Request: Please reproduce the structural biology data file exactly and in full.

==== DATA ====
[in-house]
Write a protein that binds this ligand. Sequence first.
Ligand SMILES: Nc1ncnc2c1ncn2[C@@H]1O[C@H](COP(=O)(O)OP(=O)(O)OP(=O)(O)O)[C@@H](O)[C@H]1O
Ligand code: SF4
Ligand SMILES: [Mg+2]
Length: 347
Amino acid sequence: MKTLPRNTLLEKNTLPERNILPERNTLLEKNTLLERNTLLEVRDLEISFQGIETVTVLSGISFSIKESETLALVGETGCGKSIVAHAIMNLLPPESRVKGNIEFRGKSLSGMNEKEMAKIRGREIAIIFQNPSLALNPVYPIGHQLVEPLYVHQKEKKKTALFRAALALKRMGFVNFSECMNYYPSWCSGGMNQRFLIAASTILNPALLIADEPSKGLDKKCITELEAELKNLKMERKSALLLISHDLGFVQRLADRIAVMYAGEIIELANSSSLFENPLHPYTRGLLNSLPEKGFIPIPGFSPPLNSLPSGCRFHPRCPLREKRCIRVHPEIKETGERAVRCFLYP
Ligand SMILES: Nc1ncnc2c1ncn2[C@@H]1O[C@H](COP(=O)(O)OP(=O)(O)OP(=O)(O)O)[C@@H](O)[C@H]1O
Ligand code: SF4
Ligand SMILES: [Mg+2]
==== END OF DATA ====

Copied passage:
[in-house]
Write a protein that binds this ligand. Sequence first.
Ligand SMILES: Nc1ncnc2c1ncn2[C@@H]1O[C@H](COP(=O)(O)OP(=O)(O)OP(=O)(O)O)[C@@H](O)[C@H]1O
Ligand code: SF4
Ligand SMILES: [Mg+2]
Length: 347
Amino acid sequence: MKTLPRNTLLEKNTLPERNILPERNTLLEKNTLLERNTLLEVRDLEISFQGIETVTVLSGISFSIKESETLALVGETGCGKSIVAHAIMNLLPPESRVKGNIEFRGKSLSGMNEKEMAKIRGREIAIIFQNPSLALNPVYPIGHQLVEPLYVHQKEKKKTALFRAALALKRMGFVNFSECMNYYPSWCSGGMNQRFLIAASTILNPALLIADEPSKGLDKKCITELEAELKNLKMERKSALLLISHDLGFVQRLADRIAVMYAGEIIELANSSSLFENPLHPYTRGLLNSLPEKGFIPIPGFSPPLNSLPSGCRFHPRCPLREKRCIRVHPEIKETGERAVRCFLYP
Ligand SMILES: Nc1ncnc2c1ncn2[C@@H]1O[C@H](COP(=O)(O)OP(=O)(O)OP(=O)(O)O)[C@@H](O)[C@H]1O
Ligand code: SF4
Ligand SMILES: [Mg+2]